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Type 2 diabetes affects almost 400 million people around the world and this figure is expected to grow by 50% in the next 20 years (1). According to a study published in 2016, a strict low-calorie diet with less than 700 calories per day for a period of 8 weeks, leads to remission in 87% of cases in newly diagnosed patients and in 50% of cases in people who have had diabetes for more than 8 years (2). For their part, the University of Cambridge researchers showed that disease remission was possible with a weight loss target of only 10% (3).

1| Weight loss plays a key role in the remission of type 2 diabetes (T2D)

867 patients, aged from 40 to 69 years and newly diagnosed with T2D, were included in the University of Cambridge study. The mean age of the patients was 61 years. 61% were men and almost 55% of the population studied were taking hypoglycemic medication. All the patients were followed up for 5 years and at the end of this period, the researchers observed that 257 patients had achieved remission of their disease, i.e., almost a third of the group. Among this population, those who had a minimum weight loss of 10% were twice as likely to achieve remission compared to those with a stable weight (3). According to the investigators in this study, remission corresponds to a glycated hemoglobin (or Hba1c) level of less than 6.5% or less than 48 mmol/L.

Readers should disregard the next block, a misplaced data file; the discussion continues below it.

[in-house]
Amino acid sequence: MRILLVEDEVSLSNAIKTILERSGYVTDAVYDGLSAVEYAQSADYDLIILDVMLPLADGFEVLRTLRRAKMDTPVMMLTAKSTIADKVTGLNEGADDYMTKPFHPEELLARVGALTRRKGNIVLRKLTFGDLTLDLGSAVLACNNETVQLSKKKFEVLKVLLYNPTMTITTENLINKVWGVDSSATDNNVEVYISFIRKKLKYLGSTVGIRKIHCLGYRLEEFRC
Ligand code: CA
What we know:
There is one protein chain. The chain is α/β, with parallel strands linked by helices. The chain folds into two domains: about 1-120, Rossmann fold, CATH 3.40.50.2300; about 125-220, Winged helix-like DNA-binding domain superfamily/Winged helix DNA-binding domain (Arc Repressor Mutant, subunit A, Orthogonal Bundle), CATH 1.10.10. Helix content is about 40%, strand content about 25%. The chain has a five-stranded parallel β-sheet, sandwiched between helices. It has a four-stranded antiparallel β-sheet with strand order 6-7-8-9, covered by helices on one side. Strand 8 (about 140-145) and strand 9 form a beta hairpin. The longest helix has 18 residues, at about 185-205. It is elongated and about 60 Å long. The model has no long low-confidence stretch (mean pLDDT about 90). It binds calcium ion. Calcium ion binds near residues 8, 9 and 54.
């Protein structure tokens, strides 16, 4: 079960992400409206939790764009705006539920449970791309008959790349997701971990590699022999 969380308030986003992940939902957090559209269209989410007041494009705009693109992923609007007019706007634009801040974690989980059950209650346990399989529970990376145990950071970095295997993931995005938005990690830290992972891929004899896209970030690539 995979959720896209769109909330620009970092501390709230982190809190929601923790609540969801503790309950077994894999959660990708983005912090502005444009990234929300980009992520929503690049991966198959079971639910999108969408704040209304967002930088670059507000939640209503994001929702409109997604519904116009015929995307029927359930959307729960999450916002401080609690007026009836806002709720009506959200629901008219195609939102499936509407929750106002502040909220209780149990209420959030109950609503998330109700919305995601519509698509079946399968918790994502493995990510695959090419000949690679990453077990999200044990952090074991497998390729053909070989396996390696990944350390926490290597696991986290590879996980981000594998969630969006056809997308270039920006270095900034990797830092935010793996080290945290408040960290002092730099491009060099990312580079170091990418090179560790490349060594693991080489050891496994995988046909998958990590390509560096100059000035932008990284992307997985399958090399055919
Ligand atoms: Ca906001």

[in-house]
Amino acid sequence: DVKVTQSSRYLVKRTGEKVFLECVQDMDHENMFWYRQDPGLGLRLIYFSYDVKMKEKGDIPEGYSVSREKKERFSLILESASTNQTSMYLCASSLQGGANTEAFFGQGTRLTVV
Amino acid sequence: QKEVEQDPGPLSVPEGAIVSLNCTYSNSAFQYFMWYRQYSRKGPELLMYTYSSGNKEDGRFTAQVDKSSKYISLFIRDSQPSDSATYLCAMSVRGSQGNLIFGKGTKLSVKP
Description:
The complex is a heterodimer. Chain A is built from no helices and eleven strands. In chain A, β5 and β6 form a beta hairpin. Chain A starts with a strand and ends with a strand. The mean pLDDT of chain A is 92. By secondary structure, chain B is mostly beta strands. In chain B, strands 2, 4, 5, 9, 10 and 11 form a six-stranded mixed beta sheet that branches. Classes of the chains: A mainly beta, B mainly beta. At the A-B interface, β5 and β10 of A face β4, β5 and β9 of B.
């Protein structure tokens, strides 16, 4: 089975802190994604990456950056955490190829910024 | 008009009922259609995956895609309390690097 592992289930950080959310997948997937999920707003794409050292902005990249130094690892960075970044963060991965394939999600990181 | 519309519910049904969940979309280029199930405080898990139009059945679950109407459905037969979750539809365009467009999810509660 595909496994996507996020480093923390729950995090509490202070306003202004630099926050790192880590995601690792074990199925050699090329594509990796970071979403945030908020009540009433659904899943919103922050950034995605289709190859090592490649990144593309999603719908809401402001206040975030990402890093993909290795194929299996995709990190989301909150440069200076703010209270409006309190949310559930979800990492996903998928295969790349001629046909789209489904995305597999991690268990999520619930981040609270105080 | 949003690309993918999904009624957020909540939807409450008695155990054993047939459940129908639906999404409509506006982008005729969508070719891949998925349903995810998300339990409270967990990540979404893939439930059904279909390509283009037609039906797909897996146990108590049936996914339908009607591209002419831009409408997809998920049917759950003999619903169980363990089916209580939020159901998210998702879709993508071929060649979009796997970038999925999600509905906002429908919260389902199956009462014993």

2| Results seen as promising by the researchers

This study is therefore very encouraging since it allows people with T2D to set an achievable weight loss target. For the Cambridge researchers, “these findings suggest that remission is achievable without intensive lifestyle interventions or extreme calorie restrictions (3)”. In addition, this is not without consequences, since controlling diabetes reduces the risk of comorbidities, in particular cardiovascular, renal, ophthalmological and podological problems (4). Between baseline and one‐year follow‐up, numerous improvements were seen in the subjects taking part in the study, particularly in terms of cardiovascular disease risk factors (3).

3| Sources

  1. Ogurtsova K, da Rocha Fernandes JD, Huang Y, Linnenkamp U, Guariguata L, Cho NH et al. IDF Diabetes Atlas: Global estimates for the prevalence of diabetes for 2015 and 2040. Diabetes Res Clin Pract 2017; 128: 40–50. 1. DOI: 10.1016/j.diabres.2017.03.024.
  2. Steven S, Hollingsworth KG, Al‐Mrabeh A, Avery L, Aribisala B, Caslake M et al. Very Low‐Calorie Diet and 6 Months of Weight Stability in Type 2 Diabetes: Pathophysiological Changes in Responders and Nonresponders. Diabetes Care 2016; 39: 808–815. DOI: 10.2337/dc15-1942
  3. Behaviour change, weight loss and remission of Type 2 diabetes: a community‐based prospective cohort study. H. Dambha‐Miller  A. J. Day  J. Strelitz  G. Irving  S. J. Griffin, 03 September 2019, https://doi.org/10.1111/dme.14122
  4. Complications du diabète de type 2, Jean-Louis Schlienger, La Presse Médicale, Volume 42, n° 5 pages 839-848 (mai 2013)DOI: 10.1016/j.lpm.2013.02.313